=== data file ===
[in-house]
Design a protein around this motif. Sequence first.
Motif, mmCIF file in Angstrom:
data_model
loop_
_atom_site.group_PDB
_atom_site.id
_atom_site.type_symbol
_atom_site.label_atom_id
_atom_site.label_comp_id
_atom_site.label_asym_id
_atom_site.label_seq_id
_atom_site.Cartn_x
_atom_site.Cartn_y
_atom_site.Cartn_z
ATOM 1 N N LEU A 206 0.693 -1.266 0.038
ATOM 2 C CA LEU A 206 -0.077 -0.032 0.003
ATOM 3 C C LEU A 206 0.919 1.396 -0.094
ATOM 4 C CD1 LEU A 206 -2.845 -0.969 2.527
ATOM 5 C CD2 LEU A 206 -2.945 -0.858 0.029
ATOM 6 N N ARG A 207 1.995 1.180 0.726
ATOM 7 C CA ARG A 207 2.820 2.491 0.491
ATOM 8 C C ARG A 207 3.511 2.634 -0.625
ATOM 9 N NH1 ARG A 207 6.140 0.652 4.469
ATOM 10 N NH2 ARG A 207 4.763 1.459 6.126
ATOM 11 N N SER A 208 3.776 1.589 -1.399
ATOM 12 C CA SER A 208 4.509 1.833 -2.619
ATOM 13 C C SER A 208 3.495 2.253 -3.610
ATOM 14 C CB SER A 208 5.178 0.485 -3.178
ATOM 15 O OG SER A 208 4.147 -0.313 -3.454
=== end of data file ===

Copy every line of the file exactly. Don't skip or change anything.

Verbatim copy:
[in-house]
Design a protein around this motif. Sequence first.
Motif, mmCIF file in Angstrom:
data_model
loop_
_atom_site.group_PDB
_atom_site.id
_atom_site.type_symbol
_atom_site.label_atom_id
_atom_site.label_comp_id
_atom_site.label_asym_id
_atom_site.label_seq_id
_atom_site.Cartn_x
_atom_site.Cartn_y
_atom_site.Cartn_z
ATOM 1 N N LEU A 206 0.693 -1.266 0.038
ATOM 2 C CA LEU A 206 -0.077 -0.032 0.003
ATOM 3 C C LEU A 206 0.919 1.396 -0.094
ATOM 4 C CD1 LEU A 206 -2.845 -0.969 2.527
ATOM 5 C CD2 LEU A 206 -2.945 -0.858 0.029
ATOM 6 N N ARG A 207 1.995 1.180 0.726
ATOM 7 C CA ARG A 207 2.820 2.491 0.491
ATOM 8 C C ARG A 207 3.511 2.634 -0.625
ATOM 9 N NH1 ARG A 207 6.140 0.652 4.469
ATOM 10 N NH2 ARG A 207 4.763 1.459 6.126
ATOM 11 N N SER A 208 3.776 1.589 -1.399
ATOM 12 C CA SER A 208 4.509 1.833 -2.619
ATOM 13 C C SER A 208 3.495 2.253 -3.610
ATOM 14 C CB SER A 208 5.178 0.485 -3.178
ATOM 15 O OG SER A 208 4.147 -0.313 -3.454